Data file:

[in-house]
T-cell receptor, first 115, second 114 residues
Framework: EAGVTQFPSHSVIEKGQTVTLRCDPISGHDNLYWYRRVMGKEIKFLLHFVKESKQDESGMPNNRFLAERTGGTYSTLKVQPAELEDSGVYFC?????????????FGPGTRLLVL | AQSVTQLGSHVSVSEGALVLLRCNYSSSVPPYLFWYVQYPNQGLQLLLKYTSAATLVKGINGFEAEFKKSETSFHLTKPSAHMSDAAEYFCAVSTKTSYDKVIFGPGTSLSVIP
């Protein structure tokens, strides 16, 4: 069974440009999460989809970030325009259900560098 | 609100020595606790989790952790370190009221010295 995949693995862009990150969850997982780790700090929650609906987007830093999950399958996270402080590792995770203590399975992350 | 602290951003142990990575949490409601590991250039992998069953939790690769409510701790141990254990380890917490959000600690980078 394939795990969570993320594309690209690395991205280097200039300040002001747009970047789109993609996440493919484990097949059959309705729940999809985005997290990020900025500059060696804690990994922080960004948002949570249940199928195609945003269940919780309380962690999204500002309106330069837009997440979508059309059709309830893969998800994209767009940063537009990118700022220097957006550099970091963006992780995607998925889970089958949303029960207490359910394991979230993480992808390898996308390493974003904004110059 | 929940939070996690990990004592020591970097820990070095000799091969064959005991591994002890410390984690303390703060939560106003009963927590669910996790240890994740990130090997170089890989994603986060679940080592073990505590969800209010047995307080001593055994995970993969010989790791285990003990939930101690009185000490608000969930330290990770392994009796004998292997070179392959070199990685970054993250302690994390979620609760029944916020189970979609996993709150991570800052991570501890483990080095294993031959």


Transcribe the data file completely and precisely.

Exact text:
[in-house]
T-cell receptor, first 115, second 114 residues
Framework: EAGVTQFPSHSVIEKGQTVTLRCDPISGHDNLYWYRRVMGKEIKFLLHFVKESKQDESGMPNNRFLAERTGGTYSTLKVQPAELEDSGVYFC?????????????FGPGTRLLVL | AQSVTQLGSHVSVSEGALVLLRCNYSSSVPPYLFWYVQYPNQGLQLLLKYTSAATLVKGINGFEAEFKKSETSFHLTKPSAHMSDAAEYFCAVSTKTSYDKVIFGPGTSLSVIP
């Protein structure tokens, strides 16, 4: 069974440009999460989809970030325009259900560098 | 609100020595606790989790952790370190009221010295 995949693995862009990150969850997982780790700090929650609906987007830093999950399958996270402080590792995770203590399975992350 | 602290951003142990990575949490409601590991250039992998069953939790690769409510701790141990254990380890917490959000600690980078 394939795990969570993320594309690209690395991205280097200039300040002001747009970047789109993609996440493919484990097949059959309705729940999809985005997290990020900025500059060696804690990994922080960004948002949570249940199928195609945003269940919780309380962690999204500002309106330069837009997440979508059309059709309830893969998800994209767009940063537009990118700022220097957006550099970091963006992780995607998925889970089958949303029960207490359910394991979230993480992808390898996308390493974003904004110059 | 929940939070996690990990004592020591970097820990070095000799091969064959005991591994002890410390984690303390703060939560106003009963927590669910996790240890994740990130090997170089890989994603986060679940080592073990505590969800209010047995307080001593055994995970993969010989790791285990003990939930101690009185000490608000969930330290990770392994009796004998292997070179392959070199990685970054993250302690994390979620609760029944916020189970979609996993709150991570800052991570501890483990080095294993031959």